JOLIET – In recent years, professional and collegiate football coaches have made it a point to mention the importance of special teams.
In fact, they represent one-third of the game. Everything else being equal, if you lose the special-teams battle, you have a difficult time coming away victorious.
At Joliet Catholic’s National Letter of Intent signing day ceremony Wednesday afternoon at the school, kicker/punter Brian Bravo was among four Hilltoppers who were honored. He signed with Purdue.
Also signing were linebacker Mike Gruben with University of St Francis and free safety Brandon Bolek and running back Nick Borgra with Saint Xavier.
All Bravo did his senior season was make 10 of 11 field goals, including a 53-yarder on the final play of the first half in the season opener against Providence. He made 41 of 43 extra points and put 39 of 59 kickoffs into the end zone.
As a punter, he averaged 37.2 yards on 31 boots and was adept at pinning opponents deep in their territory.
In short, he was everything a coach could want.
“Brian is the best kicker ever at this school and one of the best I have seen anywhere,” JCA coach Dan Sharp said. “When you have a kicker and punter who can pin teams in like he did – and you know that anytime you cross the 50-yard line you can score three points – you have a weapon.”
Bravo said he also had offers from Western Michigan and Drake. However, he wanted to go to the largest school possible, and a Big Ten school is as big as it gets.
“Purdue first got interested in me when I went to their kicking camp over the summer,” Bravo said. “I kept talking with them, they kept their interest up and kept in contact; and when they offered, that’s where I wanted to go.”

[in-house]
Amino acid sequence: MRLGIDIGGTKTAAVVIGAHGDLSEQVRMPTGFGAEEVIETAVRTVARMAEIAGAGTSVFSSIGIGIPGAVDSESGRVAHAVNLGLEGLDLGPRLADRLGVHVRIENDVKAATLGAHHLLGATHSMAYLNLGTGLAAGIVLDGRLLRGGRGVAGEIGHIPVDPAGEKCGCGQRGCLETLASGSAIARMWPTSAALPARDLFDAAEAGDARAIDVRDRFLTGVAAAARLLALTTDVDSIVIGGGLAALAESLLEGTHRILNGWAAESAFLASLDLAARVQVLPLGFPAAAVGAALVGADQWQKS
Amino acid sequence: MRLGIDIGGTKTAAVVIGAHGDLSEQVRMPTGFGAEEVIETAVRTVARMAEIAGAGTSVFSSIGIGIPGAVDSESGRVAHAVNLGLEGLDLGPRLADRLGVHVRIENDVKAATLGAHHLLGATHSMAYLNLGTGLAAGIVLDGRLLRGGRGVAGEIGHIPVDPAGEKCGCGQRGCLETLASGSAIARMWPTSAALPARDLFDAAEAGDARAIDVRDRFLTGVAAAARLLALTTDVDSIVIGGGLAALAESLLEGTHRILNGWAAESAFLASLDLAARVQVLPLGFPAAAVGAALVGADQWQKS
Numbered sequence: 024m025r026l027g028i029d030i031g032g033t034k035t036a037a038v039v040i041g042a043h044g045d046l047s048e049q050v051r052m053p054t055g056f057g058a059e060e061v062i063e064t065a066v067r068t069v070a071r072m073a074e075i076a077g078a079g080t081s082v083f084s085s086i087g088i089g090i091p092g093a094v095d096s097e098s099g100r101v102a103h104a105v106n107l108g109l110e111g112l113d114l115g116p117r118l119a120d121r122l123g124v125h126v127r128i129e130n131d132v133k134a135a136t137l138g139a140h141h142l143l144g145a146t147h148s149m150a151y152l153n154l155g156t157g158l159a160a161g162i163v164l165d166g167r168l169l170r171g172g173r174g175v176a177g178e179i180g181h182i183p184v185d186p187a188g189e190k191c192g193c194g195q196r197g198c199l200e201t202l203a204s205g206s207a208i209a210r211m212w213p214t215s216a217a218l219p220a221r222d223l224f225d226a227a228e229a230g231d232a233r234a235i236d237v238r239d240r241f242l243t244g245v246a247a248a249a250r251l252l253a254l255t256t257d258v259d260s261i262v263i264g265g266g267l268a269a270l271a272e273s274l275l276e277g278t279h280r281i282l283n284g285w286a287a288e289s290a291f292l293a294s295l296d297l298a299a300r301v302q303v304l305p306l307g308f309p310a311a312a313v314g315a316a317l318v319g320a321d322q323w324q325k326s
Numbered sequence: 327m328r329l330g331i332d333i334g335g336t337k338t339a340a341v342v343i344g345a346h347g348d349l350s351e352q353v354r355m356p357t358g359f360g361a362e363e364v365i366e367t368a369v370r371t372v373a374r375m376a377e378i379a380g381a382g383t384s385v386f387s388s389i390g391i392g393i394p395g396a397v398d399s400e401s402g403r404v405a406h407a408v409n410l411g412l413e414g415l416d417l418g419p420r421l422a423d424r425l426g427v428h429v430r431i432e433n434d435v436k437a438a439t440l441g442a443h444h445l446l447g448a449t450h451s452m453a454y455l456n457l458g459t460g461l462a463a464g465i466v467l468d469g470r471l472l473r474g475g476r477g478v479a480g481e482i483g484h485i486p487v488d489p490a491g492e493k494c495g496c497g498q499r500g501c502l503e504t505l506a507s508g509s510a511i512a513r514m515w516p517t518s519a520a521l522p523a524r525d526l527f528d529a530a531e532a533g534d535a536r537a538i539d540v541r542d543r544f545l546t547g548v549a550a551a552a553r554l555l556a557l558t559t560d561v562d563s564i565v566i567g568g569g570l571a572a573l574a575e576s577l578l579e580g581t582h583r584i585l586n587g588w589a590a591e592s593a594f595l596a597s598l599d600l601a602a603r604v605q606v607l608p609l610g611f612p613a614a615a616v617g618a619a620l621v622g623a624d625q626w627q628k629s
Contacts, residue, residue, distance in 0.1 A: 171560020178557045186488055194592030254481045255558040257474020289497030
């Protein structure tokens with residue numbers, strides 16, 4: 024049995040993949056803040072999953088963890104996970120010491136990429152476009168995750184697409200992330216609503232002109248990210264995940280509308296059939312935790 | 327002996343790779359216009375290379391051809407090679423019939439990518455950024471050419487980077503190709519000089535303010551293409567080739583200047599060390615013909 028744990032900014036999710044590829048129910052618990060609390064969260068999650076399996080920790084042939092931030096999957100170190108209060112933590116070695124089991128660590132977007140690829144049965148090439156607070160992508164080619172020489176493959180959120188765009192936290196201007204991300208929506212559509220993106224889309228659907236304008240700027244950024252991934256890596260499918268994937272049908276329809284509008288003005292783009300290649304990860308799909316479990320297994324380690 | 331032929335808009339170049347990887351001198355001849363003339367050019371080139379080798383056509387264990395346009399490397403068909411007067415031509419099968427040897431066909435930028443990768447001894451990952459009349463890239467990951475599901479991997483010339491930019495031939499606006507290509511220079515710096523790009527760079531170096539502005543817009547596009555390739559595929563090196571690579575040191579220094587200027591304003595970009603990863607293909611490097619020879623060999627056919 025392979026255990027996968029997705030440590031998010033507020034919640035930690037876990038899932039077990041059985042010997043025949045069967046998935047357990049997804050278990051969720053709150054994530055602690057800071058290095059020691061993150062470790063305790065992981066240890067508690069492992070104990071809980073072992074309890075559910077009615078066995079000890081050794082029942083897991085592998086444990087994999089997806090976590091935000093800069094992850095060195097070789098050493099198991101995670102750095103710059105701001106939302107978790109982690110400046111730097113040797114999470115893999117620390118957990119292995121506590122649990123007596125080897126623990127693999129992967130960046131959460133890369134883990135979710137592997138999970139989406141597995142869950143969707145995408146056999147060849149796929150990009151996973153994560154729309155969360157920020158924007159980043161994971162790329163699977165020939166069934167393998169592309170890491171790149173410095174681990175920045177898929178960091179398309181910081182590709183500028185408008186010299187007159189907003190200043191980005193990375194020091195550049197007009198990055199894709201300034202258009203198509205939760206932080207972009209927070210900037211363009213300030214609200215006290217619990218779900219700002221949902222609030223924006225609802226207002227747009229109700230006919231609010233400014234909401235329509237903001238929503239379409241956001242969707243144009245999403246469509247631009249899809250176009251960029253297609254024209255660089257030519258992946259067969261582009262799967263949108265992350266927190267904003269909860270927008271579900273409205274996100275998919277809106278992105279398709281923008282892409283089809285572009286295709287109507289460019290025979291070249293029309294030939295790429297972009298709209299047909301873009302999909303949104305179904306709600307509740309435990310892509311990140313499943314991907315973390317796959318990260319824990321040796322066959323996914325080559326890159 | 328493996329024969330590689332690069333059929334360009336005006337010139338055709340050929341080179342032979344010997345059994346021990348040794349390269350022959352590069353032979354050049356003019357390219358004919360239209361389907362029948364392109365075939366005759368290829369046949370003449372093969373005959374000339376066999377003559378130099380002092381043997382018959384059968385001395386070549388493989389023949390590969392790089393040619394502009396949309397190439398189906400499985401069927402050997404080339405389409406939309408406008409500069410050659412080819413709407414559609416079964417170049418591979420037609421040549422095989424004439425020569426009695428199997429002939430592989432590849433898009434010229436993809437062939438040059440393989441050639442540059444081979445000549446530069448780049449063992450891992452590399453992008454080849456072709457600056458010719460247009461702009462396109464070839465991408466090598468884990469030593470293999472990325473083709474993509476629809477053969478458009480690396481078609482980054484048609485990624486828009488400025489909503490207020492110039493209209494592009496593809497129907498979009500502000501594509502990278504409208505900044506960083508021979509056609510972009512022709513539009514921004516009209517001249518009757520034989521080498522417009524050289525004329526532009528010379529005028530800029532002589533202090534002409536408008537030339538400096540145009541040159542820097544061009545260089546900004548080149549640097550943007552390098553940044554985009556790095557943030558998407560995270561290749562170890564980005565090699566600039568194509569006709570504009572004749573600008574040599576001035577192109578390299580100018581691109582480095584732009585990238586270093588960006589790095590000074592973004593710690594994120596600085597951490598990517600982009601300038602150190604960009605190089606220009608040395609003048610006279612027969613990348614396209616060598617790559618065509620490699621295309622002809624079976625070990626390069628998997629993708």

Bravo said Purdue has a place-kicker and a punter who will be seniors in the fall. He said he will get a good shot at being the kickoff man as a freshman and will be the likely placekicker and perhaps punter as a sophomore. The Boilermakers are bringing in another freshman punter, so that could become a competition.
“I’ll work on my strength, technique and composure between now and the season,” Bravo said. “My senior year here was one of my best, and I feel good about that.”
“That’s the thing about Brian – he gets better and better,” Sharp said.
Gruben, the East Suburban Catholic Conference Defensive Player of the Year, said he originally considered playing away from home but that attending St. Francis “is easier, cheaper, and it’s where I want to be. It’s a great program, and I think I will fit in there.”
Saints coach Joe Curry was on hand to welcome Gruben aboard. Gruben said he feels he is at the right place physically to be ready to play on the next level immediately.
“Mike is the first ESCC Defensive Player of the Year from our school,” Sharp said. “He is a wrecking ball on the field and reads plays well. He is on the short list of the best linebackers ever at Joliet Catholic.”
Saint Xavier coach Mike Feminis, whose team went 10-3 last fall and reached the NAIA national semifinals, attended the ceremony to welcome his two recruits.
Borgra is looking forward to playing the running back and slot positions in the Cougars’ spread offense, and to rejoining his former JCA teammate, Mike Ivlow, a running back who fared well as a freshman at Saint Xavier.
“I love playing with that kid,” Borgra said. “He works hard and motivates us hard. It’s going to be exciting to play in college with the top players from the Chicago area. I’m excited to work hard and learn the offense.”
Sharp referred to Borgra as a Walter Payton type. “He is a total football player,” he said. “He can run, catch and block, and he does it all well. He’s a leader by example.”
Bolek, Sharp said, is one of the best safeties JCA has had. Unfortunately, he missed the tail end of the regular season and the playoffs with a ruptured spleen, which since has healed.
“Even with the injury, his leadership never ceased,” Sharp said. “He was at every practice, and that shows a lot about his character.”
Bolek is looking forward to bringing that same mentality to Saint Xavier.
“Everybody is friends. It’s like a family there,” he said. “Now it’s up to us to go up there and show them what we’ve got.”